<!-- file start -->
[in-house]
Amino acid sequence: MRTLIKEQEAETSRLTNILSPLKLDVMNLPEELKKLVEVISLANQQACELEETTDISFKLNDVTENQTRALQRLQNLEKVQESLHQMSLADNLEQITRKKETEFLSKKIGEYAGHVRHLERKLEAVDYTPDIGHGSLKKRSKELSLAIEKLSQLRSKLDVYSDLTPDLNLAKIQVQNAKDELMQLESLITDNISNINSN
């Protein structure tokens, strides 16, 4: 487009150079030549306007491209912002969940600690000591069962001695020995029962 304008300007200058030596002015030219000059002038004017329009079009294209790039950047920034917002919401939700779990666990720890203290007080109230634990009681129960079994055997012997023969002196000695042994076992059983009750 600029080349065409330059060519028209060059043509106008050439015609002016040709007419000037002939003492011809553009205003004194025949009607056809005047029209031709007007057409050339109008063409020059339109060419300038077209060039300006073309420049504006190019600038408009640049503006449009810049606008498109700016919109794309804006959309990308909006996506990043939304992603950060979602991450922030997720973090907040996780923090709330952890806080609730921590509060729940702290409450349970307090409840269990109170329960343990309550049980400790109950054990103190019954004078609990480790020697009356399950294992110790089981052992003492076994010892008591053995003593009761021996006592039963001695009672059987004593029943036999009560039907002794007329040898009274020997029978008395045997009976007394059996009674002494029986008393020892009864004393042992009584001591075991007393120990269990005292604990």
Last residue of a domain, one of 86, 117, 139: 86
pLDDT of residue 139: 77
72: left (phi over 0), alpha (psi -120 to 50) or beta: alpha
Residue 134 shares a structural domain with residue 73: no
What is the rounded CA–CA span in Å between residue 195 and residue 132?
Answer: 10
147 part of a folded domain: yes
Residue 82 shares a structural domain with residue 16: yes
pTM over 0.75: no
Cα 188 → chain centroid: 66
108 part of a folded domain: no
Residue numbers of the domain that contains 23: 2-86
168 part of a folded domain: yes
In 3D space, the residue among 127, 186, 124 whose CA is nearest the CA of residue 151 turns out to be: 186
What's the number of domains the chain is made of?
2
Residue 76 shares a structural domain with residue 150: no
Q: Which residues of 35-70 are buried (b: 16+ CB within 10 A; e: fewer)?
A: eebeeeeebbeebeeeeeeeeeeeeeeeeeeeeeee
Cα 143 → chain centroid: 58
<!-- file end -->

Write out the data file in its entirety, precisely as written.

[in-house]
Amino acid sequence: MRTLIKEQEAETSRLTNILSPLKLDVMNLPEELKKLVEVISLANQQACELEETTDISFKLNDVTENQTRALQRLQNLEKVQESLHQMSLADNLEQITRKKETEFLSKKIGEYAGHVRHLERKLEAVDYTPDIGHGSLKKRSKELSLAIEKLSQLRSKLDVYSDLTPDLNLAKIQVQNAKDELMQLESLITDNISNINSN
């Protein structure tokens, strides 16, 4: 487009150079030549306007491209912002969940600690000591069962001695020995029962 304008300007200058030596002015030219000059002038004017329009079009294209790039950047920034917002919401939700779990666990720890203290007080109230634990009681129960079994055997012997023969002196000695042994076992059983009750 600029080349065409330059060519028209060059043509106008050439015609002016040709007419000037002939003492011809553009205003004194025949009607056809005047029209031709007007057409050339109008063409020059339109060419300038077209060039300006073309420049504006190019600038408009640049503006449009810049606008498109700016919109794309804006959309990308909006996506990043939304992603950060979602991450922030997720973090907040996780923090709330952890806080609730921590509060729940702290409450349970307090409840269990109170329960343990309550049980400790109950054990103190019954004078609990480790020697009356399950294992110790089981052992003492076994010892008591053995003593009761021996006592039963001695009672059987004593029943036999009560039907002794007329040898009274020997029978008395045997009976007394059996009674002494029986008393020892009864004393042992009584001591075991007393120990269990005292604990």
Last residue of a domain, one of 86, 117, 139: 86
pLDDT of residue 139: 77
72: left (phi over 0), alpha (psi -120 to 50) or beta: alpha
Residue 134 shares a structural domain with residue 73: no
What is the rounded CA–CA span in Å between residue 195 and residue 132?
Answer: 10
147 part of a folded domain: yes
Residue 82 shares a structural domain with residue 16: yes
pTM over 0.75: no
Cα 188 → chain centroid: 66
108 part of a folded domain: no
Residue numbers of the domain that contains 23: 2-86
168 part of a folded domain: yes
In 3D space, the residue among 127, 186, 124 whose CA is nearest the CA of residue 151 turns out to be: 186
What's the number of domains the chain is made of?
2
Residue 76 shares a structural domain with residue 150: no
Q: Which residues of 35-70 are buried (b: 16+ CB within 10 A; e: fewer)?
A: eebeeeeebbeebeeeeeeeeeeeeeeeeeeeeeee
Cα 143 → chain centroid: 58